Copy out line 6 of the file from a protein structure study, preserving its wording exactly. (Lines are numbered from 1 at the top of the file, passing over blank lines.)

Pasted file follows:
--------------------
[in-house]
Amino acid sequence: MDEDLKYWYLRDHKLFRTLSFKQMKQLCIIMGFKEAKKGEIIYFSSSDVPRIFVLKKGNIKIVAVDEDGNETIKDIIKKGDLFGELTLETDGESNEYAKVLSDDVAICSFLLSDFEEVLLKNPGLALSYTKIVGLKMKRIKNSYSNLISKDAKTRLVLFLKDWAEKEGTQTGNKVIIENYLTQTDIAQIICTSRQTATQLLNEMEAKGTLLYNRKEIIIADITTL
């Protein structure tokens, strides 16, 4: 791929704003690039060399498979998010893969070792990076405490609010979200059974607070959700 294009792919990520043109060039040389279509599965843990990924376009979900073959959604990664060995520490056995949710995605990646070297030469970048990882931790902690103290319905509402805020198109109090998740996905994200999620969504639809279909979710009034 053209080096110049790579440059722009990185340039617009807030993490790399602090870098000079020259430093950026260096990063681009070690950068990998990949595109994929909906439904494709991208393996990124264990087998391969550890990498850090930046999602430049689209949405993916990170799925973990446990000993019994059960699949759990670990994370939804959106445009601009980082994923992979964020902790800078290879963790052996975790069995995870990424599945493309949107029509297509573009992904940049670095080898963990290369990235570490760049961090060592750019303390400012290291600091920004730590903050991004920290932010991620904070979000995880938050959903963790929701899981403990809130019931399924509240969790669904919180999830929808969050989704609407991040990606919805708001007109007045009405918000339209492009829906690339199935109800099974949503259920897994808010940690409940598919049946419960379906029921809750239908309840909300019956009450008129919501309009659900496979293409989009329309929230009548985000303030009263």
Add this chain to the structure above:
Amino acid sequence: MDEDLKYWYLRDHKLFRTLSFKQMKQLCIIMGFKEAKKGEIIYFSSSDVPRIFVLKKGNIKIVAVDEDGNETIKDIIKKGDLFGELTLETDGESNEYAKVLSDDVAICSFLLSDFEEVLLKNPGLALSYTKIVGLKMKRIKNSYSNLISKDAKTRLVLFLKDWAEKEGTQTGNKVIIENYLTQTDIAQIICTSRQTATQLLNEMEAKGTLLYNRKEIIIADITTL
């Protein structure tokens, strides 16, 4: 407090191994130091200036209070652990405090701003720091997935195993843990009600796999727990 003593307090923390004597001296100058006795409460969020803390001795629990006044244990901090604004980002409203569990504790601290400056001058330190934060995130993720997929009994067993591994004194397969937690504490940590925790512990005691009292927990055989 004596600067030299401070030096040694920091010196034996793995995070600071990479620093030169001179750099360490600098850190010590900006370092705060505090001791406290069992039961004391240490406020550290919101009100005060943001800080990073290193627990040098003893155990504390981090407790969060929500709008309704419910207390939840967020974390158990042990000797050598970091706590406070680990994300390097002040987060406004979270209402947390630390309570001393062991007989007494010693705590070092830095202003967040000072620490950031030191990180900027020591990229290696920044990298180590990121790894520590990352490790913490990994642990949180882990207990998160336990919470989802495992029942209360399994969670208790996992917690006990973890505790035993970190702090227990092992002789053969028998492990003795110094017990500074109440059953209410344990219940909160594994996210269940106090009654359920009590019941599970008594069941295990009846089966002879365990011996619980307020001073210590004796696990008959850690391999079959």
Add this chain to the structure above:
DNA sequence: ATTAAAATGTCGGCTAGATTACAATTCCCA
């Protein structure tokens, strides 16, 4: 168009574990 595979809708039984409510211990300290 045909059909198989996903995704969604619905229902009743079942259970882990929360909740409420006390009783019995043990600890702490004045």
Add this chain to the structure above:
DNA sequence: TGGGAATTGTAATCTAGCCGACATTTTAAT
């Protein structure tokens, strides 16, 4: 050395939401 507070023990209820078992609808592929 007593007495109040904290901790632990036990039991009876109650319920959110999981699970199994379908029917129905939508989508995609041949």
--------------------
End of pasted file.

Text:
């Protein structure tokens, strides 16, 4: 407090191994130091200036209070652990405090701003720091997935195993843990009600796999727990 003593307090923390004597001296100058006795409460969020803390001795629990006044244990901090604004980002409203569990504790601290400056001058330190934060995130993720997929009994067993591994004194397969937690504490940590925790512990005691009292927990055989 004596600067030299401070030096040694920091010196034996793995995070600071990479620093030169001179750099360490600098850190010590900006370092705060505090001791406290069992039961004391240490406020550290919101009100005060943001800080990073290193627990040098003893155990504390981090407790969060929500709008309704419910207390939840967020974390158990042990000797050598970091706590406070680990994300390097002040987060406004979270209402947390630390309570001393062991007989007494010693705590070092830095202003967040000072620490950031030191990180900027020591990229290696920044990298180590990121790894520590990352490790913490990994642990949180882990207990998160336990919470989802495992029942209360399994969670208790996992917690006990973890505790035993970190702090227990092992002789053969028998492990003795110094017990500074109440059953209410344990219940909160594994996210269940106090009654359920009590019941599970008594069941295990009846089966002879365990011996619980307020001073210590004796696990008959850690391999079959």